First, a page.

As for US production, historically, the US Navy began commissioning the ships that would overwhelm the Japanese Navy at the end of 1942. In 1943, the USN commissioned either a CV or a CVL every three weeks; This was far beyond the capabilities, or even the imagination, of the Japanese. By mid-1943, the USN had enough carriers, even without the pre-war ships, to crush the IJN. It could have launched the planned Central Pacific offensive without reference to the South Pacific, and it would have been just as fatal to the Japanese defenses. It was the politics of the divided command in the Pacific that delayed the launching of the long awaited assault.
     
  2. tikilal

    tikilal Ace

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    Even with the damage at Pearl most of the carriers would have been repaired by the end of 42, at the latest mid 43.

    Even without any US action Japan only had enough oil for a short war. Yes After the Southern Operation they had more coming in but it was not enough.

    Japanese industry was not that well founded. The fighters that took place in the Pearl Strike only received their guns a week before they left.

    American bombing of Japan was not to destroy industry but to destroy industrial workers.

    Japan would have been a little stronger but not much. Good post though.
     
  3. Carl W Schwamberger

    Carl W Schwamberger Ace

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    D...m you. I was gong to pull that one out of the box. The Bearn had already been used to transport US made aircraft to France. I wonder if much refurbishment would have been needed?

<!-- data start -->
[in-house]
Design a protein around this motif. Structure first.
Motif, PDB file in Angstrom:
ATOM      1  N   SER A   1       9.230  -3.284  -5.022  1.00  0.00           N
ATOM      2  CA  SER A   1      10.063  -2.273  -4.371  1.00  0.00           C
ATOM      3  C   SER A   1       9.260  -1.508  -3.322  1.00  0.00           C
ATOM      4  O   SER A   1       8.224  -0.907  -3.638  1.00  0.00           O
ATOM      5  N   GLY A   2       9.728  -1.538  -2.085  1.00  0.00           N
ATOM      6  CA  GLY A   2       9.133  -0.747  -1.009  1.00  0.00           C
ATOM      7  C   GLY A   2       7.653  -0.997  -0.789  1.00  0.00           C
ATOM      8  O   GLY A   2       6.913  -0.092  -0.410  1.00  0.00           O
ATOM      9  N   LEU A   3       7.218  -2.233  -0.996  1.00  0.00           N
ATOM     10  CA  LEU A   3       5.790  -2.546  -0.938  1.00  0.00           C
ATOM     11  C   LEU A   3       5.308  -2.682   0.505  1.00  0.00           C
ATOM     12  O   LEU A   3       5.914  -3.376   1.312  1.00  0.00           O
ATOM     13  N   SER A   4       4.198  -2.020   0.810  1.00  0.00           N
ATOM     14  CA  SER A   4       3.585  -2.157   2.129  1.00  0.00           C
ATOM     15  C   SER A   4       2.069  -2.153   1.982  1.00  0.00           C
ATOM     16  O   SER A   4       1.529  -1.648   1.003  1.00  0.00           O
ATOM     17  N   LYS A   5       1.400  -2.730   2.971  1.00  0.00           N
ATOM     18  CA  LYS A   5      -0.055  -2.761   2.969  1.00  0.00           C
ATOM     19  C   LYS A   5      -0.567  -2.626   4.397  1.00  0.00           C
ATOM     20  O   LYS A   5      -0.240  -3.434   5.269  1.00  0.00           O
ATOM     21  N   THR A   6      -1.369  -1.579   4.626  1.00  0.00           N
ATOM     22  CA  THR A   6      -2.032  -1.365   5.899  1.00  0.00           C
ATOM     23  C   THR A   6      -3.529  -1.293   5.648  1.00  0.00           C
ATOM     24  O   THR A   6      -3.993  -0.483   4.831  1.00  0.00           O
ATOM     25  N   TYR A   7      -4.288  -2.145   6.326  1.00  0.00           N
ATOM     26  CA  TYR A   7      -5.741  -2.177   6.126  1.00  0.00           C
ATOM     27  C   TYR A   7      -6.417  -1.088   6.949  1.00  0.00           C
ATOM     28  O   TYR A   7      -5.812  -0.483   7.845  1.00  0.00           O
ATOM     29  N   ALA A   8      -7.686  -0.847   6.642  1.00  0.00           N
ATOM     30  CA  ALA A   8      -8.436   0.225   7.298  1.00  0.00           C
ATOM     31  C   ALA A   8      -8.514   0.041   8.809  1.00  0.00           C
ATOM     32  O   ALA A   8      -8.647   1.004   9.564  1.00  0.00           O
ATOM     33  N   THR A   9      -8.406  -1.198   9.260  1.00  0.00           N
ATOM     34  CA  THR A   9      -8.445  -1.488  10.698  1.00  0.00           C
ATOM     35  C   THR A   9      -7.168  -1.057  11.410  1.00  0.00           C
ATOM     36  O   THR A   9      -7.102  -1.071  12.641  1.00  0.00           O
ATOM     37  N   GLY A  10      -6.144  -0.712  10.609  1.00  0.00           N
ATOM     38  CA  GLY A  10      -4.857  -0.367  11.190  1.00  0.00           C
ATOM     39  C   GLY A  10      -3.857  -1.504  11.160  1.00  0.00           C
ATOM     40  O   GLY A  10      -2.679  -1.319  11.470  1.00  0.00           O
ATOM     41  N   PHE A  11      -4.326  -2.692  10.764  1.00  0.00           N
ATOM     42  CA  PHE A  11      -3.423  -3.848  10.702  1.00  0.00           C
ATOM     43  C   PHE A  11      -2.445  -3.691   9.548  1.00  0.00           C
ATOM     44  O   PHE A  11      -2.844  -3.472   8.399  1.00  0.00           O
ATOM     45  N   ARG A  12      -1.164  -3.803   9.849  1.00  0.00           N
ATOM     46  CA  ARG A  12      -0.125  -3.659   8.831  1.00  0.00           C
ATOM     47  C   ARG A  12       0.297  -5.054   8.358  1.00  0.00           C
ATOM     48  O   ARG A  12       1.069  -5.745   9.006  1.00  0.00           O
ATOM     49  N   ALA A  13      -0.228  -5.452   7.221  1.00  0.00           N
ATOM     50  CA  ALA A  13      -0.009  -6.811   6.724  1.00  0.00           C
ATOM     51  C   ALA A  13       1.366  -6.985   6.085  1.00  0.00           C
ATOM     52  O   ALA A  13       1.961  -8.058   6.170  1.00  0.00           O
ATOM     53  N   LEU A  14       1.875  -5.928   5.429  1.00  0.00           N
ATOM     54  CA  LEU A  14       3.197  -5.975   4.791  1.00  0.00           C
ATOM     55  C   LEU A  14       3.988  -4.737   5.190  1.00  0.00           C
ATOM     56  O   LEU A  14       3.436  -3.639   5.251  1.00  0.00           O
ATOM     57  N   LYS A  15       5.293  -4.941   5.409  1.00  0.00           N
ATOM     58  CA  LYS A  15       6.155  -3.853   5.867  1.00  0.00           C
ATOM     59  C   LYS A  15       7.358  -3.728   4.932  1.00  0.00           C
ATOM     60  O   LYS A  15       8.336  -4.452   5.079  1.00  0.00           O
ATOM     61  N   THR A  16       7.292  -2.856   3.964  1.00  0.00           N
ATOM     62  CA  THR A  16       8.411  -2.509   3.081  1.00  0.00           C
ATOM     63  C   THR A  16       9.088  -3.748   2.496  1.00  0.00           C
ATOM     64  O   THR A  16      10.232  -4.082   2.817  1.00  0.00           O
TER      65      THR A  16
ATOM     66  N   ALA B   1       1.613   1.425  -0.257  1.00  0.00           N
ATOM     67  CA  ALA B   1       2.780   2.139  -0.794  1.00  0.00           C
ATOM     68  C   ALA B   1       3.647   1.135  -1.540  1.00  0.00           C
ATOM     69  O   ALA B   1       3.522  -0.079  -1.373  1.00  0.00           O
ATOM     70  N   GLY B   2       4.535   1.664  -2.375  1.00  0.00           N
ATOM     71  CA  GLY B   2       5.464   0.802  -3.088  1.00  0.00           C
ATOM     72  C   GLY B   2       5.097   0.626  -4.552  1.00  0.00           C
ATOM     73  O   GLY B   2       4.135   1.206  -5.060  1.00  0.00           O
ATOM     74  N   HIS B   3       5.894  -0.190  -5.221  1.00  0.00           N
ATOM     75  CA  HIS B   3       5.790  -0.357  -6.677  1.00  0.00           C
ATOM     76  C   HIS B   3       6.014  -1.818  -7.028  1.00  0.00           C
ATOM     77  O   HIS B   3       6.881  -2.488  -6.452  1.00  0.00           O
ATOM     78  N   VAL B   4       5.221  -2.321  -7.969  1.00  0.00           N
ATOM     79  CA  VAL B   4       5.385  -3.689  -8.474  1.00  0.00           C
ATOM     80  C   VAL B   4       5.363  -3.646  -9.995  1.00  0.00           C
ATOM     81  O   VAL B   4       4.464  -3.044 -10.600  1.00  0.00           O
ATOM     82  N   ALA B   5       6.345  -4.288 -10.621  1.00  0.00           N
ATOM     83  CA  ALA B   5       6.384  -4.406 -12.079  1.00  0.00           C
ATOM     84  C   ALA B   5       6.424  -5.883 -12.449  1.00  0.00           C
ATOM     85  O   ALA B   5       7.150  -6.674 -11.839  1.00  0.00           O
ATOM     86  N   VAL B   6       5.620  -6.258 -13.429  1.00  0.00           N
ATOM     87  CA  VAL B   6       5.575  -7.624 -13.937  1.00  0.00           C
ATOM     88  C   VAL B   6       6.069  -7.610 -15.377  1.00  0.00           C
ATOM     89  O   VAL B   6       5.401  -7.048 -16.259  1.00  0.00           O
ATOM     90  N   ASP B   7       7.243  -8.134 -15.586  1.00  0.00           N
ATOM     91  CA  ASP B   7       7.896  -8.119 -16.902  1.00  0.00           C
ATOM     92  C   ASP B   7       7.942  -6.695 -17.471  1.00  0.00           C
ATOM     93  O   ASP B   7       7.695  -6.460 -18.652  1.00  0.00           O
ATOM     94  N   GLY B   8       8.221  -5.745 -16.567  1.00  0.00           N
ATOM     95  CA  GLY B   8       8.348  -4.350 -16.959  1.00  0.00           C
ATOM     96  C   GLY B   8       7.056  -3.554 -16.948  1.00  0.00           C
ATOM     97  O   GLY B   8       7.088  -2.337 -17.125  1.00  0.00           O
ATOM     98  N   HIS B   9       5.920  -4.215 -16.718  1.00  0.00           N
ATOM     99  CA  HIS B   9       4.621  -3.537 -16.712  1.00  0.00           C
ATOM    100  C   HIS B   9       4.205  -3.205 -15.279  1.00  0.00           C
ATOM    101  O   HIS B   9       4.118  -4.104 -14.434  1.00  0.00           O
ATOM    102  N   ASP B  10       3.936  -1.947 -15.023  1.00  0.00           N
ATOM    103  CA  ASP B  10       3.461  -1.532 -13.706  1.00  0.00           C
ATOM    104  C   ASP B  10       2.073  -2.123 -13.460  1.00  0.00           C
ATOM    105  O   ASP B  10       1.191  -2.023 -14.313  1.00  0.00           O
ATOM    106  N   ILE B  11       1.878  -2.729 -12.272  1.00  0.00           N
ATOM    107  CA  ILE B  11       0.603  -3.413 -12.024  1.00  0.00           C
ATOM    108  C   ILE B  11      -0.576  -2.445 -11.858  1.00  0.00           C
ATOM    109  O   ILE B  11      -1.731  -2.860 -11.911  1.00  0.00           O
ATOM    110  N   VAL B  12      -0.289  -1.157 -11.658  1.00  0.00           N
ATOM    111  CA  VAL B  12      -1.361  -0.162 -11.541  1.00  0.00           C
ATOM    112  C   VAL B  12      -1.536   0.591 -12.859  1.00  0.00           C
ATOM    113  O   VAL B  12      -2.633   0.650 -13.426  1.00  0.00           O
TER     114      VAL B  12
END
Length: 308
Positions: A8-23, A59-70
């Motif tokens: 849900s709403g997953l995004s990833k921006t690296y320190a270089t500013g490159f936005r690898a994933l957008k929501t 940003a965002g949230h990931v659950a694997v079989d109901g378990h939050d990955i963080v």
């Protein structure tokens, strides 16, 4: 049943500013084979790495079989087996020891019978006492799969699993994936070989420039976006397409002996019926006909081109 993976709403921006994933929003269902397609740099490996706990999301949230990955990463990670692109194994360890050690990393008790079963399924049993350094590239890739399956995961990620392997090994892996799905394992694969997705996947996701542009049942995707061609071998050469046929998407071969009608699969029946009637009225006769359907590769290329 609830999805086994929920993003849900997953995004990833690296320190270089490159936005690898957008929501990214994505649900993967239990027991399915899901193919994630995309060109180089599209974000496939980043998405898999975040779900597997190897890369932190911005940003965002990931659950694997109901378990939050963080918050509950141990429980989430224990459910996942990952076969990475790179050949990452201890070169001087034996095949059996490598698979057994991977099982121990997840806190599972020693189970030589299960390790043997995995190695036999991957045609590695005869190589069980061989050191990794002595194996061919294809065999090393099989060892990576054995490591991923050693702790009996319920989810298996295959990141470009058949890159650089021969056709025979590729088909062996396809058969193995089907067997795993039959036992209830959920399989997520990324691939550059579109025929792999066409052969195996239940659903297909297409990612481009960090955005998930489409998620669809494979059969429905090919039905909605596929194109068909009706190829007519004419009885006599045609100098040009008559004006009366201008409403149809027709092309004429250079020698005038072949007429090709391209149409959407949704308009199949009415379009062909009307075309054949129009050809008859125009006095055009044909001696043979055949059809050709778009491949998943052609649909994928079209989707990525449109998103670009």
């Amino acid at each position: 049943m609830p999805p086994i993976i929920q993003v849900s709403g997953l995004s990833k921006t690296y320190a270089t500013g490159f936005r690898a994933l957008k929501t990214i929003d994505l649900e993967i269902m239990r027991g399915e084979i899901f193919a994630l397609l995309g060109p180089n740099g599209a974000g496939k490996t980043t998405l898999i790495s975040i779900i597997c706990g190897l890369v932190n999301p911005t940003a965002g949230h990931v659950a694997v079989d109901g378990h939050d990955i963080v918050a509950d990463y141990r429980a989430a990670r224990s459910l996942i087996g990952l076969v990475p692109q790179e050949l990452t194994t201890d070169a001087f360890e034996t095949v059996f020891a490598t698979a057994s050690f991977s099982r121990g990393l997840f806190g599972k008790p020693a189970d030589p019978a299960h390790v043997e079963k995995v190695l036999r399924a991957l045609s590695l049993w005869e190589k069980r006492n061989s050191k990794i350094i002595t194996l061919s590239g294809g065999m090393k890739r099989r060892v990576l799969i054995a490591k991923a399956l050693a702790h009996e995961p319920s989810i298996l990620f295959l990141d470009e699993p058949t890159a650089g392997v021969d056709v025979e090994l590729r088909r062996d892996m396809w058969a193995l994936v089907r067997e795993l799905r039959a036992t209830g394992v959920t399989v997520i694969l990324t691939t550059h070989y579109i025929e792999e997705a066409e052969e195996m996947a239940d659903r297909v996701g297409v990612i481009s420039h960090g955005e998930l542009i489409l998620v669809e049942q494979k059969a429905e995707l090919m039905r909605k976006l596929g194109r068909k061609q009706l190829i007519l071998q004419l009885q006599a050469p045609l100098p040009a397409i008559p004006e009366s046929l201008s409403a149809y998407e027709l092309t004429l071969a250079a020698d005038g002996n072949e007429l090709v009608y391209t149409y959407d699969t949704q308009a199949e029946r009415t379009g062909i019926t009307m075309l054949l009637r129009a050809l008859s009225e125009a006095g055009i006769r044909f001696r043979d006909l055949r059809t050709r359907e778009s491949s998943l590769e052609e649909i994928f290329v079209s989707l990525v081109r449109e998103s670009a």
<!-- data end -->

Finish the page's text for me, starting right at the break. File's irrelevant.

4. lwd

    lwd Ace

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    If they do the above then how can they do this:
    Especially when they are doing this:
    Take a look at this article to see what kind of problems the Japanese were having with oil. Operating more vessels and planes isn't going to help.
    Oil and Japanese Strategy in the Solomons: A Postulate
    Also look at this page
    http://www.combinedfleet.com/economic.htm
    Note that in 1942 the US produce 18 carriers of various flavors compared to the Japanese producing 17 for the entire war. Note also that in 43 the US produced 65.
     
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  5. bobddude

    bobddude Member

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    The outcome of victory would have been delayed for 6-12 months. The shipbuilders built and the Navy commissioned 18 escort carriers and CV-9 in 1942 The carriers at Pearl would have been refloated and repaired and back by early 1943. The escorts would have been put to the test long before Oct 1944 and could/would have proved their worth while the US industry really caught up in 1943 and 1944
     
  6. bobddude

    bobddude Member

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    If the 5 carriers were sunk at Pearl none of the escort carriers would have been lend-leased to the Royal Navy.
     
  7. von Rundstedt

    von Rundstedt Dishonorably Discharged

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    According to Janes Fighting Ships of WW2 the US had built close to 140 carriers of all classes and had several dozens more on order.